Rival retailers and e-commerce platforms have increasingly added fintech options of their own over the last year. Shopify has Shop Pay, through which people can cover products across any Shopify store. Target works with two BNPL companies, Affirm and Sezzle, and Walmart has ramped up its own financial offerings, including through a company it plans to launch that will offer financial services to its millions of customers and employees. (Walmart is still reportedly deciding what, exactly, that fintech company will look like.)

Some analysts have speculated that working with Venmo might even prove to be a backdoor way for Amazon to accept cryptocurrency. PayPal, Venmo’s parent company, does allow users to checkout with crypto. But in a statement to TechCrunch, PayPal said that the announcement was “solely” about Venmo payments, suggesting that, at least for now, crypto might not be directly involved.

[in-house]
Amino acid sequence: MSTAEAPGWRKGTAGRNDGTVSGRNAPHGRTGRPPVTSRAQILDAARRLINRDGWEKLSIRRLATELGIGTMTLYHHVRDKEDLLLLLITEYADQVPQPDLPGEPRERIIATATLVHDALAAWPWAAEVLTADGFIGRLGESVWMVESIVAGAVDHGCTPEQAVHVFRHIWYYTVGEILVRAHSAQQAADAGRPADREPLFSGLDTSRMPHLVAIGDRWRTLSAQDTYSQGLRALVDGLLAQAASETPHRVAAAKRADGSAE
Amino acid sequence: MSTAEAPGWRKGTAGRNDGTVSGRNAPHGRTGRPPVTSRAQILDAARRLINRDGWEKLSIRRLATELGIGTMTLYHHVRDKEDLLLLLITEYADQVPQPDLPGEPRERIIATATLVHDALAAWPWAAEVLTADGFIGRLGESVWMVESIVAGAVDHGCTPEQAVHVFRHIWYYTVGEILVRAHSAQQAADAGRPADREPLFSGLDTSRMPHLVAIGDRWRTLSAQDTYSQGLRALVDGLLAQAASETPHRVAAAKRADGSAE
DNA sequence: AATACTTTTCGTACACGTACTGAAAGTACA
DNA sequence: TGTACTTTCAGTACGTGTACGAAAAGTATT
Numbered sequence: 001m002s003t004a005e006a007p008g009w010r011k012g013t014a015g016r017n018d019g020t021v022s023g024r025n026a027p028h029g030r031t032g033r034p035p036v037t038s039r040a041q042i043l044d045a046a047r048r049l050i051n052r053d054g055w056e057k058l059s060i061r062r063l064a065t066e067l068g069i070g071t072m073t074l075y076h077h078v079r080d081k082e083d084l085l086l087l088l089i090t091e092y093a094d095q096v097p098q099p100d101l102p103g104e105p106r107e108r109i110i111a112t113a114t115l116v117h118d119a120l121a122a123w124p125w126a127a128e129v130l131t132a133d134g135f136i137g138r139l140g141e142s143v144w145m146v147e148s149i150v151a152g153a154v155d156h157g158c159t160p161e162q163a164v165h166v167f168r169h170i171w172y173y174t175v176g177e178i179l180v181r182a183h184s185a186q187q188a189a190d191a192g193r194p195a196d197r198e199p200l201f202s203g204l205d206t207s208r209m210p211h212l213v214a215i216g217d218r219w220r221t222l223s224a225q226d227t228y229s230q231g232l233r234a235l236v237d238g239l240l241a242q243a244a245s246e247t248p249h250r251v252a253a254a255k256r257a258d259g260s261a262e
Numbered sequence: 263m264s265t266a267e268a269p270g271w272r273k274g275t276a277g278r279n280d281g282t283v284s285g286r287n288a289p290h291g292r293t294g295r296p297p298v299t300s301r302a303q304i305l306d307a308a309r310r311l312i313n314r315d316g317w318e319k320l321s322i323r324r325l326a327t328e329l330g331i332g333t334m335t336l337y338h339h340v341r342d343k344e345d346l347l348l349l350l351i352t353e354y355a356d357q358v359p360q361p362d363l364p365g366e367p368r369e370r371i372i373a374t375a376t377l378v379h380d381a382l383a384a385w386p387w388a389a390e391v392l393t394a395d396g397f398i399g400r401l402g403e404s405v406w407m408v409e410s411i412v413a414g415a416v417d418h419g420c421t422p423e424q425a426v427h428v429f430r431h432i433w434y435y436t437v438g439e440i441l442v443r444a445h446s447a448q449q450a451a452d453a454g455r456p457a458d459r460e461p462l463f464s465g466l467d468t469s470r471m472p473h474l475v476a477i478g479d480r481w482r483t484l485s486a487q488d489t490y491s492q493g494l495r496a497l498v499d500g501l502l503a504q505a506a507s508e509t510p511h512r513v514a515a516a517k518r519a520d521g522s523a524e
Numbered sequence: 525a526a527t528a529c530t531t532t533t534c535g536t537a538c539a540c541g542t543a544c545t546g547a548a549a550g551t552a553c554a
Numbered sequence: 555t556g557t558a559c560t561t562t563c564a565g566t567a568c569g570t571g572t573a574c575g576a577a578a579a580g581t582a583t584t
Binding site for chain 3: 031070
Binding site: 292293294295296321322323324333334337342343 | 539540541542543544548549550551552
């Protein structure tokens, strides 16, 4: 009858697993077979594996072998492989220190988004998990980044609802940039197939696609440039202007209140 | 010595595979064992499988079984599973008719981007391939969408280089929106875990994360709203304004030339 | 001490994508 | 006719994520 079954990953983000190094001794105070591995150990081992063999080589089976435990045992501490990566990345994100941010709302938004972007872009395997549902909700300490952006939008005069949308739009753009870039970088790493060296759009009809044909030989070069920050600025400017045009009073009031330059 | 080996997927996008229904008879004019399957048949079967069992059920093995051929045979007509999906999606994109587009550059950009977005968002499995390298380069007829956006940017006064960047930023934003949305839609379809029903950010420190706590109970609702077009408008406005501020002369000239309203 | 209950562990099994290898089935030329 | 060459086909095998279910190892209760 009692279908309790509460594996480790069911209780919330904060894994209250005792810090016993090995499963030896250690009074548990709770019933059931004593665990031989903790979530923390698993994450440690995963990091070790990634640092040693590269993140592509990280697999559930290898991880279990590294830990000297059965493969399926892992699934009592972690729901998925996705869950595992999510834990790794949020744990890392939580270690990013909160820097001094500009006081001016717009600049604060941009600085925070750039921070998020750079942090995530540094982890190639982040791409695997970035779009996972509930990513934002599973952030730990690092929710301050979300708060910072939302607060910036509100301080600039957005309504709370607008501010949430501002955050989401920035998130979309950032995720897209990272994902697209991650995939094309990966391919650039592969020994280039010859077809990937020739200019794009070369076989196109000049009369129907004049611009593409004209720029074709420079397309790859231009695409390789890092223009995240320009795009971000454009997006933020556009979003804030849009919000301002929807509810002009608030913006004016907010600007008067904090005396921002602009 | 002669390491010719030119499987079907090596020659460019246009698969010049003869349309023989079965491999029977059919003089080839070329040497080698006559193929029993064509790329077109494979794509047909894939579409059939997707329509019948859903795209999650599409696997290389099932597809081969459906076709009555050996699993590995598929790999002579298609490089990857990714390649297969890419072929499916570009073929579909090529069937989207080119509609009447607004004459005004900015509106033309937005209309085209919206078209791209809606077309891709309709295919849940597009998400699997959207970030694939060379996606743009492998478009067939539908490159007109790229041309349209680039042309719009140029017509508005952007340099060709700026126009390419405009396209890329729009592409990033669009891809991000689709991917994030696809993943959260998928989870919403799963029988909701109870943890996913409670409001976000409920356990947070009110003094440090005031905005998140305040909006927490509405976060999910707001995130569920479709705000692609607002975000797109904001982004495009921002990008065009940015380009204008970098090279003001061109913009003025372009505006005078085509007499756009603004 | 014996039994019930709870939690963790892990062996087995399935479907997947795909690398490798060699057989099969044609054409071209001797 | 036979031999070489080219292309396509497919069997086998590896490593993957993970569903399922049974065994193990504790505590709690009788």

It also probably doesn’t hurt that Venmo — which charges users a fee when they forward money to their credit cards — primarily prioritizes direct bank payments.

“Because Venmo is primarily ACH, Amazon’s cost of payments if I use Venmo to make a purchase versus if I use an American Express card is lower,” Schmeltzer said. “I think Amazon is looking for ways to lower their cost of payments as well.”

FBA, but for ocean freight

As the supply chain crunch drives up the cost of oceanic freight shipping, Amazon has quietly been offering a new service to select vendors: it’ll send their products to the U.S. on Amazon-chartered vessels for cheaper than the rate offered on the open market.